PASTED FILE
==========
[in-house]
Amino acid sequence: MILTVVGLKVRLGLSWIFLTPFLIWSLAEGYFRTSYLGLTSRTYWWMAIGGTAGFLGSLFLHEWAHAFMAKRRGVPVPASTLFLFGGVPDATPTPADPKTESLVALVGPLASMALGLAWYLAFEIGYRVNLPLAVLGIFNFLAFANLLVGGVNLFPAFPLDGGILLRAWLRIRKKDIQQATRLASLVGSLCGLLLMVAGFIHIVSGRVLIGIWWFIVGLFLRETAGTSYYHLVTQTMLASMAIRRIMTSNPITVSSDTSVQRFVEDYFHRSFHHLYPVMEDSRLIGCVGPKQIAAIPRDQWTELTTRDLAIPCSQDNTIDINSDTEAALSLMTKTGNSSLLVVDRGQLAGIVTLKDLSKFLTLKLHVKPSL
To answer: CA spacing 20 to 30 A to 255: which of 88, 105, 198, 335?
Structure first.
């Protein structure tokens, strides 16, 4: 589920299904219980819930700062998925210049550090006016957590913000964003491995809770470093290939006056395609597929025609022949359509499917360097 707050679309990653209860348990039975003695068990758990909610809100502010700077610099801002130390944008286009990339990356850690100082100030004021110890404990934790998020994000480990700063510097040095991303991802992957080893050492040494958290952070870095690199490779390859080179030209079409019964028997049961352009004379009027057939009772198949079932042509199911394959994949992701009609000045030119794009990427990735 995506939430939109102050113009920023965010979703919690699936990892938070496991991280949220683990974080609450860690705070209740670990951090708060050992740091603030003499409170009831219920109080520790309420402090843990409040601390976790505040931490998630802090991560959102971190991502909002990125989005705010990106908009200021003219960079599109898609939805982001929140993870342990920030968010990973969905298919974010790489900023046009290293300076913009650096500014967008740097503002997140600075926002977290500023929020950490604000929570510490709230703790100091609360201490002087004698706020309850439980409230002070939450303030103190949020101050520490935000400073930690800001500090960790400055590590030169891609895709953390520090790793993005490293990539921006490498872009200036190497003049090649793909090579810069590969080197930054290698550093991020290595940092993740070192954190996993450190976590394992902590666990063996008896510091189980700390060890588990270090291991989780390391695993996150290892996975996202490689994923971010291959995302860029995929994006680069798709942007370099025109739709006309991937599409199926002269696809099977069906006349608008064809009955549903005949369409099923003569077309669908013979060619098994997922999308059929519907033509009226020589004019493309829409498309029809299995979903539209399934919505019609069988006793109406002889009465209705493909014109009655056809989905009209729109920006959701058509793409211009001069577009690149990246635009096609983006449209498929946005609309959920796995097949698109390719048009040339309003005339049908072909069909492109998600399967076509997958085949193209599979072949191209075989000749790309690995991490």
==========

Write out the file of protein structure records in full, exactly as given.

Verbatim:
[in-house]
Amino acid sequence: MILTVVGLKVRLGLSWIFLTPFLIWSLAEGYFRTSYLGLTSRTYWWMAIGGTAGFLGSLFLHEWAHAFMAKRRGVPVPASTLFLFGGVPDATPTPADPKTESLVALVGPLASMALGLAWYLAFEIGYRVNLPLAVLGIFNFLAFANLLVGGVNLFPAFPLDGGILLRAWLRIRKKDIQQATRLASLVGSLCGLLLMVAGFIHIVSGRVLIGIWWFIVGLFLRETAGTSYYHLVTQTMLASMAIRRIMTSNPITVSSDTSVQRFVEDYFHRSFHHLYPVMEDSRLIGCVGPKQIAAIPRDQWTELTTRDLAIPCSQDNTIDINSDTEAALSLMTKTGNSSLLVVDRGQLAGIVTLKDLSKFLTLKLHVKPSL
To answer: CA spacing 20 to 30 A to 255: which of 88, 105, 198, 335?
Structure first.
């Protein structure tokens, strides 16, 4: 589920299904219980819930700062998925210049550090006016957590913000964003491995809770470093290939006056395609597929025609022949359509499917360097 707050679309990653209860348990039975003695068990758990909610809100502010700077610099801002130390944008286009990339990356850690100082100030004021110890404990934790998020994000480990700063510097040095991303991802992957080893050492040494958290952070870095690199490779390859080179030209079409019964028997049961352009004379009027057939009772198949079932042509199911394959994949992701009609000045030119794009990427990735 995506939430939109102050113009920023965010979703919690699936990892938070496991991280949220683990974080609450860690705070209740670990951090708060050992740091603030003499409170009831219920109080520790309420402090843990409040601390976790505040931490998630802090991560959102971190991502909002990125989005705010990106908009200021003219960079599109898609939805982001929140993870342990920030968010990973969905298919974010790489900023046009290293300076913009650096500014967008740097503002997140600075926002977290500023929020950490604000929570510490709230703790100091609360201490002087004698706020309850439980409230002070939450303030103190949020101050520490935000400073930690800001500090960790400055590590030169891609895709953390520090790793993005490293990539921006490498872009200036190497003049090649793909090579810069590969080197930054290698550093991020290595940092993740070192954190996993450190976590394992902590666990063996008896510091189980700390060890588990270090291991989780390391695993996150290892996975996202490689994923971010291959995302860029995929994006680069798709942007370099025109739709006309991937599409199926002269696809099977069906006349608008064809009955549903005949369409099923003569077309669908013979060619098994997922999308059929519907033509009226020589004019493309829409498309029809299995979903539209399934919505019609069988006793109406002889009465209705493909014109009655056809989905009209729109920006959701058509793409211009001069577009690149990246635009096609983006449209498929946005609309959920796995097949698109390719048009040339309003005339049908072909069909492109998600399967076509997958085949193209599979072949191209075989000749790309690995991490």